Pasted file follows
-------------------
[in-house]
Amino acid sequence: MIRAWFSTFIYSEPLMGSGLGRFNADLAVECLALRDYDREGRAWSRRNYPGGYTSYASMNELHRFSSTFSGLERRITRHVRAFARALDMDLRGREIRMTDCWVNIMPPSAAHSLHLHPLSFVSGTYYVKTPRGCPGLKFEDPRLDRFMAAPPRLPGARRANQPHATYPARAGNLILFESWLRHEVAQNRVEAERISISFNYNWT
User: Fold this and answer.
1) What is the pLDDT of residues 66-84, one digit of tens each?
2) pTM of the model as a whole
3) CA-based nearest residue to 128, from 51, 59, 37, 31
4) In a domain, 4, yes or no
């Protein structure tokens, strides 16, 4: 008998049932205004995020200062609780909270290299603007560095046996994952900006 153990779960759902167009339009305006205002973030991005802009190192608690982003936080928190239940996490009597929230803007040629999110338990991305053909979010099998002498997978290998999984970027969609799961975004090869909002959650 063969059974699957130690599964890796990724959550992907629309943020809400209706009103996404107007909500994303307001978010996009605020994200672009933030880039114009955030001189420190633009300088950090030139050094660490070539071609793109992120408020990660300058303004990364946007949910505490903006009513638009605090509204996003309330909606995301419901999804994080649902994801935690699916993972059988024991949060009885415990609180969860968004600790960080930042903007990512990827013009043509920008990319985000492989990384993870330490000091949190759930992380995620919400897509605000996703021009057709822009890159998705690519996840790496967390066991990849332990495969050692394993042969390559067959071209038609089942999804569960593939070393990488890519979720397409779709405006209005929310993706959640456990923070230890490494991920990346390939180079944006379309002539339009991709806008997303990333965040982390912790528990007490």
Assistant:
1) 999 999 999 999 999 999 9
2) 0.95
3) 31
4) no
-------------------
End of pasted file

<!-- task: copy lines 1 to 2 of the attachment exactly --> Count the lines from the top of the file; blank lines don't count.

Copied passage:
[in-house]
Amino acid sequence: MIRAWFSTFIYSEPLMGSGLGRFNADLAVECLALRDYDREGRAWSRRNYPGGYTSYASMNELHRFSSTFSGLERRITRHVRAFARALDMDLRGREIRMTDCWVNIMPPSAAHSLHLHPLSFVSGTYYVKTPRGCPGLKFEDPRLDRFMAAPPRLPGARRANQPHATYPARAGNLILFESWLRHEVAQNRVEAERISISFNYNWT